The African Freedom of Expression Exchange (AFEX) demands Sudan’s National Intelligence and Security Services (NISS) to immediately release the eight students who have been detained incommunicado without charges.
On May 3, 2016, 17 students were expelled from the University of Khartoum following a protest held on April 27, 2016 on the university campus. Two students were reportedly shot dead by agents of the NISS during the said protest.
On May 5, eight of the 17 expelled students went to the office of prominent Sudanese lawyer, Nabil Adib, to seek legal assistance regarding their expulsion by the university’s authorities. Plainclothes armed men reported to be NISS agents, raided Nabil’s office in Khartoum and picked up the eight students.
“The men presented themselves as NISS agents though they did not produce any identification or search warrant. They beat my clients and arrested them”, Nabil indicated in a public statement.
The whereabouts of the students in question is still unknown.
According to the National Security Act (NSA) 2010, the NISS has the power to detain suspects for over four and a half months without trial, which is excessive in relation to international human rights standards.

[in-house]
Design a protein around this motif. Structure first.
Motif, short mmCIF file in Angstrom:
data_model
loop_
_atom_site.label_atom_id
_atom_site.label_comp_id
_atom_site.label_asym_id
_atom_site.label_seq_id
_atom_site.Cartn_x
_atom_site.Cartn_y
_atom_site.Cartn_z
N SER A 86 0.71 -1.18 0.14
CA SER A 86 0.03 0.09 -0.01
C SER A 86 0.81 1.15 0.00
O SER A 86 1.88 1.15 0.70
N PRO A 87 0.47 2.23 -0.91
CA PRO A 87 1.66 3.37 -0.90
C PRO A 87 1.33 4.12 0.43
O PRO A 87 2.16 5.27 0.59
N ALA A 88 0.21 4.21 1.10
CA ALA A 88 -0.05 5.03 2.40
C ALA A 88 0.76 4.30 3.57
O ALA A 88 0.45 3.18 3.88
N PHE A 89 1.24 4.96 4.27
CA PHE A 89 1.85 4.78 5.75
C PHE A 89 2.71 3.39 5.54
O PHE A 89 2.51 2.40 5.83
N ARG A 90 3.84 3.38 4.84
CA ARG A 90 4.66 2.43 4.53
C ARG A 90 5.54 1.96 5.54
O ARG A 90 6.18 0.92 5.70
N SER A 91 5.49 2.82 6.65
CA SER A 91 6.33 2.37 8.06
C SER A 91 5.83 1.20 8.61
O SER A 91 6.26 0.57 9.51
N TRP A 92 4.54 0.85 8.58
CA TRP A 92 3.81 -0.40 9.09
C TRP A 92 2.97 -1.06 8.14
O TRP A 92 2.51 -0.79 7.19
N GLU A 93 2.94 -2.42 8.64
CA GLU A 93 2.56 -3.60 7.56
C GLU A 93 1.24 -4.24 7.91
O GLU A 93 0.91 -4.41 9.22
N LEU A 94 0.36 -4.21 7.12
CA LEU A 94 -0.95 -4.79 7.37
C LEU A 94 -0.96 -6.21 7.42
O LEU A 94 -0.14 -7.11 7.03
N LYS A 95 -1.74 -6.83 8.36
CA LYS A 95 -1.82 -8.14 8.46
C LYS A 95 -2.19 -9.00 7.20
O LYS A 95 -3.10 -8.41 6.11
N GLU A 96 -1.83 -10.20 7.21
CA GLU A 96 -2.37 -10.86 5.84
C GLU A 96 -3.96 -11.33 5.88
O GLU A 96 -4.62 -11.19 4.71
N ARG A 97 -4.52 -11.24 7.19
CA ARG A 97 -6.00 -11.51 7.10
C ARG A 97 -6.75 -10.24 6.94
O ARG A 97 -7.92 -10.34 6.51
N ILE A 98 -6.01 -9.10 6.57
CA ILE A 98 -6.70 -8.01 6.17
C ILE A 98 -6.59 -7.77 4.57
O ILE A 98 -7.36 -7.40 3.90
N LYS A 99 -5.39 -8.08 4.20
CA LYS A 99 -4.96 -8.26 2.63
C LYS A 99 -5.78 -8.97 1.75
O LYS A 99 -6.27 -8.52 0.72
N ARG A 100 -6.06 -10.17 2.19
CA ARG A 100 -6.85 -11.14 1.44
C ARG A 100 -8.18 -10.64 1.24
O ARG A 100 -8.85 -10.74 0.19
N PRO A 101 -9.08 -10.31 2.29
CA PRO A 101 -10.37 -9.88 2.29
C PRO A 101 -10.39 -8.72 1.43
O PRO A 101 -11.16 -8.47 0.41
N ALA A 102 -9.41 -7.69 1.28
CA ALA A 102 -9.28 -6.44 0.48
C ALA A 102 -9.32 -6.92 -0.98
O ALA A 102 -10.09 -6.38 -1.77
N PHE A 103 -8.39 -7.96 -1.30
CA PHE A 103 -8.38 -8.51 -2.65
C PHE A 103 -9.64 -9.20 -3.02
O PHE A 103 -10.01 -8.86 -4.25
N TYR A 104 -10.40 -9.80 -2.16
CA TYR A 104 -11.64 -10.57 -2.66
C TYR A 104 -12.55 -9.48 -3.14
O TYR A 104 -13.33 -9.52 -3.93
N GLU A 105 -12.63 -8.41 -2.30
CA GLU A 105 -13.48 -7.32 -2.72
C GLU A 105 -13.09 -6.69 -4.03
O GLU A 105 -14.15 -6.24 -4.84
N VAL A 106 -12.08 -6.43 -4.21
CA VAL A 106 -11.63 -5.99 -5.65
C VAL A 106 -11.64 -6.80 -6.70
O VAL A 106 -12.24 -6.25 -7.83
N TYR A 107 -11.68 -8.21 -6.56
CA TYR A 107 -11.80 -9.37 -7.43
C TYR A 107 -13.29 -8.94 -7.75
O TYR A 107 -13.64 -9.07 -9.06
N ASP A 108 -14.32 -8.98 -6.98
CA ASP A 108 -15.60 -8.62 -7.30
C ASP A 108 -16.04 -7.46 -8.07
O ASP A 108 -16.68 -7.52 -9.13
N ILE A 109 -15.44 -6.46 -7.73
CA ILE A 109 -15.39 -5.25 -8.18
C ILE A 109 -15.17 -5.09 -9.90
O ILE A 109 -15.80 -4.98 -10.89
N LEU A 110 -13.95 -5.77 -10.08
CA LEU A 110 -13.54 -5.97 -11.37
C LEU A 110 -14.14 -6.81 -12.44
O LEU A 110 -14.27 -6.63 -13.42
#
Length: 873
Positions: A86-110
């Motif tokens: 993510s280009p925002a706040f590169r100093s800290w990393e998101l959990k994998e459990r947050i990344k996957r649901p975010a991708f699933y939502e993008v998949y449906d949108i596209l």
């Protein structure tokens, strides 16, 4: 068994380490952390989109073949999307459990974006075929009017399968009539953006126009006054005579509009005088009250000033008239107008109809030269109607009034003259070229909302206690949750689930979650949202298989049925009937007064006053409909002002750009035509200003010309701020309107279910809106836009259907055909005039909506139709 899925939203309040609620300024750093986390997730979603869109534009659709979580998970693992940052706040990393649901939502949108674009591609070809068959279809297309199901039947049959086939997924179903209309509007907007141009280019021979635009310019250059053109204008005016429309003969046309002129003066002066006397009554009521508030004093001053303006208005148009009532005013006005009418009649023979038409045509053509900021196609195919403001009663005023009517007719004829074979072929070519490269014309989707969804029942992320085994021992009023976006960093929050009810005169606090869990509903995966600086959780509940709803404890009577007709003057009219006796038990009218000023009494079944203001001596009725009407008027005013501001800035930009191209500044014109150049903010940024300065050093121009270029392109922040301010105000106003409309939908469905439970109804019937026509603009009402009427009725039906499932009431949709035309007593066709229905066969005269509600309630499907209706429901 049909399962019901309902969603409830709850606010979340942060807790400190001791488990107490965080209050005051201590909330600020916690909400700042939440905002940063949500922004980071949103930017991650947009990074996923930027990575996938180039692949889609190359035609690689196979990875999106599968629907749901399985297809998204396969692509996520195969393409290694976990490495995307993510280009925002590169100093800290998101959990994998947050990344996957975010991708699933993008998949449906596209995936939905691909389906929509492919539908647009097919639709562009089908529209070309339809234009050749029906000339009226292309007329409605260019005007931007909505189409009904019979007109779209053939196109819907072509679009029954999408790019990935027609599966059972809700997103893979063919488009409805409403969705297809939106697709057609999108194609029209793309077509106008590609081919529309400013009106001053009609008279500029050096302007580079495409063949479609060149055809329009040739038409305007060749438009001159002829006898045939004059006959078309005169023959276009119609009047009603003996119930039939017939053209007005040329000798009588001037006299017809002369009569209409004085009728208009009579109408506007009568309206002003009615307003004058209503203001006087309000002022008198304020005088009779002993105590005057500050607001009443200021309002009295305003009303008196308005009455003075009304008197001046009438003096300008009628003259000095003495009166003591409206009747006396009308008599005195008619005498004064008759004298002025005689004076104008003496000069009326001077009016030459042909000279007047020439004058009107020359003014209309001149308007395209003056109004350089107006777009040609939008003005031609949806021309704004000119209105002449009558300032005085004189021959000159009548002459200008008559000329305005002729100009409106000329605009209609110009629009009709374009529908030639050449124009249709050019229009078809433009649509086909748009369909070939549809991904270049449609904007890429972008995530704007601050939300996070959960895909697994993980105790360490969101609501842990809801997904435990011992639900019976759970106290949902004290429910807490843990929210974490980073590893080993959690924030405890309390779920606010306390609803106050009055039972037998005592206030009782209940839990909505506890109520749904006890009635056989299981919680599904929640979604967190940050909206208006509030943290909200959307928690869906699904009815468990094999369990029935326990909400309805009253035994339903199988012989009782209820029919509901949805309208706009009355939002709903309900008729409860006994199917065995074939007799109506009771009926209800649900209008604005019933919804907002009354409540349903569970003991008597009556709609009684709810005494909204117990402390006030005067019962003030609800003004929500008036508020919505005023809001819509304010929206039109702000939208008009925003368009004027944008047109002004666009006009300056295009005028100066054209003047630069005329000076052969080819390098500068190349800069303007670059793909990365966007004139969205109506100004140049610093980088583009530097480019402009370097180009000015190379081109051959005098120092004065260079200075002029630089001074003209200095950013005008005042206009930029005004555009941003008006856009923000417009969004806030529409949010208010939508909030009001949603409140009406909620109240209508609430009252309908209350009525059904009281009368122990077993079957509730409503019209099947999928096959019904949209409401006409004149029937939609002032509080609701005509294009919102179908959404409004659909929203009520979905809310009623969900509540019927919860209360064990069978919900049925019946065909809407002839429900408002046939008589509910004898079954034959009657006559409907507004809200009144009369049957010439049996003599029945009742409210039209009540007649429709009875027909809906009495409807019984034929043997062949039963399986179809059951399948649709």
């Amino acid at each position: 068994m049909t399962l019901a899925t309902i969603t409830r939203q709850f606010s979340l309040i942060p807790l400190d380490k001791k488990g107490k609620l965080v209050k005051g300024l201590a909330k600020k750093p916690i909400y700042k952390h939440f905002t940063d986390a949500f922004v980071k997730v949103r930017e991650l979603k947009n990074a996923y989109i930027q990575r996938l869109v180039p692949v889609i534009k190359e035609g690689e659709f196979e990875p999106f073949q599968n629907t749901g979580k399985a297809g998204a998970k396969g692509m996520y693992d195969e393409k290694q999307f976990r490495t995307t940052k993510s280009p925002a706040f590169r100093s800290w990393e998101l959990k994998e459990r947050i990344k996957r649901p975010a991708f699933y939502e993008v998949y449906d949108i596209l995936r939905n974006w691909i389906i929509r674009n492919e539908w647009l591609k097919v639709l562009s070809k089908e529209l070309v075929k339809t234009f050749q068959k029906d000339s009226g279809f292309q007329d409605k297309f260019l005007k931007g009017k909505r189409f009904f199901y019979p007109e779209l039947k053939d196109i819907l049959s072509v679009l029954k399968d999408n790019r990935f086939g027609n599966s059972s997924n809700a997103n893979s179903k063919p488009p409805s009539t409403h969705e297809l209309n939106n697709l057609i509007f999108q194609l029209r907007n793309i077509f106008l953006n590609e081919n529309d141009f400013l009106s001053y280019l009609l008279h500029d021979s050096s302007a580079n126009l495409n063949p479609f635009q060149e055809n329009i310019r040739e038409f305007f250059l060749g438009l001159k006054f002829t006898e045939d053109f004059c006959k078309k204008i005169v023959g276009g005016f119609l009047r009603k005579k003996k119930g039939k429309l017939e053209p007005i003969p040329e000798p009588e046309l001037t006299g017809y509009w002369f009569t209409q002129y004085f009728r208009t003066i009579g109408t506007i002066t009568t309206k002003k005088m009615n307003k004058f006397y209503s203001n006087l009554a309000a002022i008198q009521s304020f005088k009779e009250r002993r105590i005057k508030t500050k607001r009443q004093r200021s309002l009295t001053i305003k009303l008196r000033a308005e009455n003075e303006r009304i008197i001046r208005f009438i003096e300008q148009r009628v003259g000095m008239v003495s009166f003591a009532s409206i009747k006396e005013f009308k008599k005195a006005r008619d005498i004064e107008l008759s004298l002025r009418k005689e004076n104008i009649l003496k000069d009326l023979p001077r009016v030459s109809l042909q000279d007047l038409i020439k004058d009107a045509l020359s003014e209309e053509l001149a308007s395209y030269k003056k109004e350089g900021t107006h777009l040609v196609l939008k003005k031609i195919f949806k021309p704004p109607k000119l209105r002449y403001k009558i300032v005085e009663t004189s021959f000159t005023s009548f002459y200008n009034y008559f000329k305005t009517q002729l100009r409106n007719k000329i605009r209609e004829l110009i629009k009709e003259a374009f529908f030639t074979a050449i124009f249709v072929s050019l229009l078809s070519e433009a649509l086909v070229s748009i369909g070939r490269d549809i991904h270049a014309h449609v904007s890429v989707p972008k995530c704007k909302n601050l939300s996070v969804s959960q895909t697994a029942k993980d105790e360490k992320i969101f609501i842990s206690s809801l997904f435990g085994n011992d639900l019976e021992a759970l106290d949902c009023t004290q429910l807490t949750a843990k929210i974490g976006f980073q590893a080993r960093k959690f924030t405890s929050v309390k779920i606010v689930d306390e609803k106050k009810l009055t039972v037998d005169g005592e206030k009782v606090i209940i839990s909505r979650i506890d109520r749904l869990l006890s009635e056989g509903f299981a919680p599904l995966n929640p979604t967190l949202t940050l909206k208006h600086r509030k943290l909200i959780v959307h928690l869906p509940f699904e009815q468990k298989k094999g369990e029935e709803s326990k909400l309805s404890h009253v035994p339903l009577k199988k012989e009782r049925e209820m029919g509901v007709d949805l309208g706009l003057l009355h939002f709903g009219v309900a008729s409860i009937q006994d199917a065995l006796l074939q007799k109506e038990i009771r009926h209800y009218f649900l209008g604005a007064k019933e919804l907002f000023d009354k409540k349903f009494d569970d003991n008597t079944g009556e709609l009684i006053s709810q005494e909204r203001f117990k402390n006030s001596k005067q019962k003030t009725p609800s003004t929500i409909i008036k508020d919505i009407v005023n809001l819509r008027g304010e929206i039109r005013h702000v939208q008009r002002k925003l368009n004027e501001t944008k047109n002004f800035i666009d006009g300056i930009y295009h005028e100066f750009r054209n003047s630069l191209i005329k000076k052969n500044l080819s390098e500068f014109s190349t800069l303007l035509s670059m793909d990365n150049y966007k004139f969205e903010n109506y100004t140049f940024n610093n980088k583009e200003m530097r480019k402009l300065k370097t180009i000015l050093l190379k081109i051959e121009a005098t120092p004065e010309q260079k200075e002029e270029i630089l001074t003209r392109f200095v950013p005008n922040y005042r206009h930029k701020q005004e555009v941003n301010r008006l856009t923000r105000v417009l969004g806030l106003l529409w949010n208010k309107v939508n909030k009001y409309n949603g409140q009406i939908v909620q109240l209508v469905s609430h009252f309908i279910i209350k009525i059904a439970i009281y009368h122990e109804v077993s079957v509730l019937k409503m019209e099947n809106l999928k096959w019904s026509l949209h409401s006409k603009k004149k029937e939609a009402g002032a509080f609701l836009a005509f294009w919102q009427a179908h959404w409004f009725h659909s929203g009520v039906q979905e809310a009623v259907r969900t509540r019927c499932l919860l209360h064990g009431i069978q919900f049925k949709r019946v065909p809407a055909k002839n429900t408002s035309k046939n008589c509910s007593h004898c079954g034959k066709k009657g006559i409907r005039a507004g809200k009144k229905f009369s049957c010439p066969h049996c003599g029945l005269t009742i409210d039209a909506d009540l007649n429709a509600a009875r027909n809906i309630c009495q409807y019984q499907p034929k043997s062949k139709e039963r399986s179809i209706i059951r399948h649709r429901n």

The arbitrary detention of the students for over 40 days (May 5-June 22, 2016) without trial and denying them access to their families is unlawful and unacceptable. It violates their rights to access fair trial as stipulated by Article 34 of the Interim National Constitution of Sudan and it is contrary to Article 9 of the International Covenant on Civil and Political Rights (ICCPR) which according to international law, supersedes the provisions of a national law. Sudan signed the ICCPR on March 18, 1986.
AFEX calls on the Sudanese security agency to release the students immediately. The detained students were exercising their political and civic rights to peaceful assembly and expression which is guaranteed by Article 40 (1) of the Sudan’s Interim Constitution.
We also urge the Sudanese authorities to ensure that all eight students have access to lawyers, medical treatment and to their families.